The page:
If not for Bob Bondurant, maybe Paul Newman doesn’t develop an interest in motor racing. Perhaps Newman doesn’t become part of an Indycar team with drivers like Sebastien Bourdais and Mario Andretti. Maybe he doesn;’t have Willy T. Ribbs drive in SCCA and springboard his career.
Bob Bondurant, a champion racer who turned to teaching racing after injuries ended his on track career, died Friday at the age of 88. The Bob Bondurant Racing School trained professional drivers and actors for more than 40 years.
Bondurant was part of the group of racers who went to Europe in the early 1960s. Dan Gurney, Richie Ginther, Phil Hill, and Carroll Shelby took their racing talents overseas and were successful.
Bondurant drove a Corvette to to victory in the LA Times Grand Prix in 1962. In 1964 he won the Gt class at leMans in a Cobra with Dan Gurney. The following year he helped Shelby/Ford win the FIA World manufacturing championship.
Bondurant’s Formula 1 career included stints with Ferrari, BRM, and Gurney’s All American Racers. His best F1 finish was fourth at Monaco in 1966 with BRM.
n 1967 Bondurant was injures severely in a crash at Watkins Glen. His injuries ended his racing career, but he continued his involvement in racing by coaching actors who had roles involving high speed driving. Bondurant coached James Garner and other actors in the movie Grand Prix.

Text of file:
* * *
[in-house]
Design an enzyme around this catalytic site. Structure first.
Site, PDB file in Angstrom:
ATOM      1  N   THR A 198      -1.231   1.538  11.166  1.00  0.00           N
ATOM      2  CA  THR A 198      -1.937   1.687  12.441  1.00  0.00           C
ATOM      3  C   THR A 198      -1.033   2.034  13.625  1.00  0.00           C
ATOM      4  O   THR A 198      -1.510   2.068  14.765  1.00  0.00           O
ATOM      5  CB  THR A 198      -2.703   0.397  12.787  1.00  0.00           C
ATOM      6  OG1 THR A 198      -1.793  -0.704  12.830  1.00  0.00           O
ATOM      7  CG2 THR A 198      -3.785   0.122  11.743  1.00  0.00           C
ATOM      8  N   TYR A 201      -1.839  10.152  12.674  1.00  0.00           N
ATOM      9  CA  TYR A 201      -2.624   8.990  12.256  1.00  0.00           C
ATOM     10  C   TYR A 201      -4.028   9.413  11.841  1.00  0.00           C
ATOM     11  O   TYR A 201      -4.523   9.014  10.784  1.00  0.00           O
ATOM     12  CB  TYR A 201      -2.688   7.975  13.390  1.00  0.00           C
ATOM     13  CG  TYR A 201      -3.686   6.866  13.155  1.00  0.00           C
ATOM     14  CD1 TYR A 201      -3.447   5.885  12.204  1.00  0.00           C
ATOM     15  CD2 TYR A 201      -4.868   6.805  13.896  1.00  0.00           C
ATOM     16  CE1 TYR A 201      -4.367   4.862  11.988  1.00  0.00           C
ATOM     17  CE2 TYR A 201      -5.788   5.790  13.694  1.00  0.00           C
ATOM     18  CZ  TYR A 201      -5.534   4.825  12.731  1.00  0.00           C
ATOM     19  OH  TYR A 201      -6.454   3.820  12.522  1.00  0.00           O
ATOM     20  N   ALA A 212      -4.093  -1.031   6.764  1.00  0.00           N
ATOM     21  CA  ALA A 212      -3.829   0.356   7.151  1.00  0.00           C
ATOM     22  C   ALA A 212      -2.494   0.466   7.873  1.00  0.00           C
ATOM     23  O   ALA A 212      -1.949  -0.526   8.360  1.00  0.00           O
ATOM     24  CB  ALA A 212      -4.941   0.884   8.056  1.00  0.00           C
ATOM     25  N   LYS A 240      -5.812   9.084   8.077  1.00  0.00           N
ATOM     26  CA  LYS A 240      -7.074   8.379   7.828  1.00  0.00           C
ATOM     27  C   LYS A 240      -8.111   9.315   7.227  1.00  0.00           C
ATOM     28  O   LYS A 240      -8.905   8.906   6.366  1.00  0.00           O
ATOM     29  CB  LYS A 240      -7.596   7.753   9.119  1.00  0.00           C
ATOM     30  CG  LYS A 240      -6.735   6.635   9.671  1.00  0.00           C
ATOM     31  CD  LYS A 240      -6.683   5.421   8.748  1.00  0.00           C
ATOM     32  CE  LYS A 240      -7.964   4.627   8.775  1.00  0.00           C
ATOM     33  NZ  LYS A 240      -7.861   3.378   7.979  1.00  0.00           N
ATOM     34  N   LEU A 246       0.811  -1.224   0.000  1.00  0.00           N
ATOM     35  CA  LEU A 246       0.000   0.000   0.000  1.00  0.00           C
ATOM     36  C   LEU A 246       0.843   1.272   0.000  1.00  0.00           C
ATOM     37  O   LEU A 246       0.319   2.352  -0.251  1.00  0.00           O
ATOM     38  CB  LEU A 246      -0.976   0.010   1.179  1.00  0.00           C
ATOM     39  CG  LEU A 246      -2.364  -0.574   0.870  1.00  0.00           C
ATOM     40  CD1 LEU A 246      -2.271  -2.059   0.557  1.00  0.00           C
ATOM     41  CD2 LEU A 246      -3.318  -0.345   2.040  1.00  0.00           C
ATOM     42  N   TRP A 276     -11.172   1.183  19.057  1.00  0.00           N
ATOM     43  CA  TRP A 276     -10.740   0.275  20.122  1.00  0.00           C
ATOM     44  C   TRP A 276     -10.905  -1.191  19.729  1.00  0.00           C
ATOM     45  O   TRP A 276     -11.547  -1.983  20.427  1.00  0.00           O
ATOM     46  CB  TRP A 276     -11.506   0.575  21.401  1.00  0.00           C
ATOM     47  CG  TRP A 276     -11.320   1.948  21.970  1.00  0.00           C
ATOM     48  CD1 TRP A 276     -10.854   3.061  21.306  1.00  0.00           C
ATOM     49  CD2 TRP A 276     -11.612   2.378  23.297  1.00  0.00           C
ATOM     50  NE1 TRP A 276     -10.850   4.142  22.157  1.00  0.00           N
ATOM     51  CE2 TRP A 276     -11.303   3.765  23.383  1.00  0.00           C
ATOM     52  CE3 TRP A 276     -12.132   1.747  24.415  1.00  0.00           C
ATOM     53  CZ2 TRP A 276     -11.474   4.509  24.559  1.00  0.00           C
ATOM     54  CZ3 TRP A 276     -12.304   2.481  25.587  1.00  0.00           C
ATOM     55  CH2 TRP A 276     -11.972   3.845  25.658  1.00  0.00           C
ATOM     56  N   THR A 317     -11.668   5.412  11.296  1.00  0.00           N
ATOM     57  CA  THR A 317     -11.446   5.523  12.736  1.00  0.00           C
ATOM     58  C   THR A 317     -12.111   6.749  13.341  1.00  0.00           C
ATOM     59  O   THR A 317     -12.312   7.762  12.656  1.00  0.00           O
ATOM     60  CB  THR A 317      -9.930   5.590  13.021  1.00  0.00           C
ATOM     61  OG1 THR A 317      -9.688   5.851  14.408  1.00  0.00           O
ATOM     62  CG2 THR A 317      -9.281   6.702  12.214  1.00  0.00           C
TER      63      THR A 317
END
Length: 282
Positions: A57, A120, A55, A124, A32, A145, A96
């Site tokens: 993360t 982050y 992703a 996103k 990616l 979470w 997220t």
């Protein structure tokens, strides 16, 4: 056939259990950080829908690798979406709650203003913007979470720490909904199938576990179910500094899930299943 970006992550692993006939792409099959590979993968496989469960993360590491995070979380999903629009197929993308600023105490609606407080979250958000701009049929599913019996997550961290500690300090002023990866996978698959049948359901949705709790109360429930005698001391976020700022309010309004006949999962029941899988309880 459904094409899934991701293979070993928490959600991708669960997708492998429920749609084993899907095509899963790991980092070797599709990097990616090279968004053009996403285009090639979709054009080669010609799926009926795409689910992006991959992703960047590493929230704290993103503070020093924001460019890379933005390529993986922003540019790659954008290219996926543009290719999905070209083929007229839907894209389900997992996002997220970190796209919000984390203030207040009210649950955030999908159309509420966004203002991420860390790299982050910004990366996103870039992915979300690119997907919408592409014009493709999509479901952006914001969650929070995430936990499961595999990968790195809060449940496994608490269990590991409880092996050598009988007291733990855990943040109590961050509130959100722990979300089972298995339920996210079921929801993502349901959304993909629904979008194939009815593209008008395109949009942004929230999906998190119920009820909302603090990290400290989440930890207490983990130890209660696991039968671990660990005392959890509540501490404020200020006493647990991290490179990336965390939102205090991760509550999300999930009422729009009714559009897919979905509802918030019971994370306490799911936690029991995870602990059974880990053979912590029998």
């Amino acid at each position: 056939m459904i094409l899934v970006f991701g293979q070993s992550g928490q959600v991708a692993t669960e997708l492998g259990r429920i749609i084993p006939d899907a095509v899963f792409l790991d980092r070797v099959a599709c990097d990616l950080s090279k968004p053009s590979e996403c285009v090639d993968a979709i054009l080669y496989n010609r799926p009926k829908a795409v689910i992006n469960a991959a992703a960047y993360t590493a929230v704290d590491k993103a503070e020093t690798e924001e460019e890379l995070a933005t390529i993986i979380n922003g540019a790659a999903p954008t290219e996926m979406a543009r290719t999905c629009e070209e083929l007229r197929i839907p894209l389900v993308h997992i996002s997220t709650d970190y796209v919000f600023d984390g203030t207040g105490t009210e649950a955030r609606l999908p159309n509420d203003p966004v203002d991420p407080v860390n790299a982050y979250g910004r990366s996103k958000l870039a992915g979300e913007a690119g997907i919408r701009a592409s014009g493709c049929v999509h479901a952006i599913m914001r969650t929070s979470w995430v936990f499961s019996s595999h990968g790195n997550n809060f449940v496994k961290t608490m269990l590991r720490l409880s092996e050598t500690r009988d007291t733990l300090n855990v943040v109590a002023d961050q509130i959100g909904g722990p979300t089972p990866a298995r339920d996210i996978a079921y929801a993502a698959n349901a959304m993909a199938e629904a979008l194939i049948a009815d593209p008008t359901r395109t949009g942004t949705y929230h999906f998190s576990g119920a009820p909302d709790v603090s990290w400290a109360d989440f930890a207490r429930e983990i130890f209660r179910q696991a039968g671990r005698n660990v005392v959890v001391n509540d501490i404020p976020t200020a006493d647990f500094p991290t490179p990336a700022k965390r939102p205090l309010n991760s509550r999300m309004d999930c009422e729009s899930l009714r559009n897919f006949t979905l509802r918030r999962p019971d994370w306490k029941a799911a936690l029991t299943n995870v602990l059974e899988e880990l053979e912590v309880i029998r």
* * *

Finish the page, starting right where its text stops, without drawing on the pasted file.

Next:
The Bondurant School of High Performance Driving opened in 1968. Paul Newman and his co-star Robert Wagner were among his first students. They were preparing for the movie Winning. Newman’s interest was piqued, and he began racing in SCCA events.
The Bondurant school had 40 year run. In 2019, the school declared bankruptcy and Bondurant sold it. Sadly the new owners did not retain the Bondurant name. It is now the Radford Racing School.
Bondurant stayed active until just a few years ago. The photo below shows him at age 85.
Whether a driver came out of the Bondurant School, or Skip Barber, or some other training program, Bondurant was the first to develop the training concept. Race fans owe him a debt of gratitude.
When we cheer your favorite driver on track, we should probably thank Bob Bondurant for him or her being there. Directly or indirectly, he had something to do with improving that driver’s skills.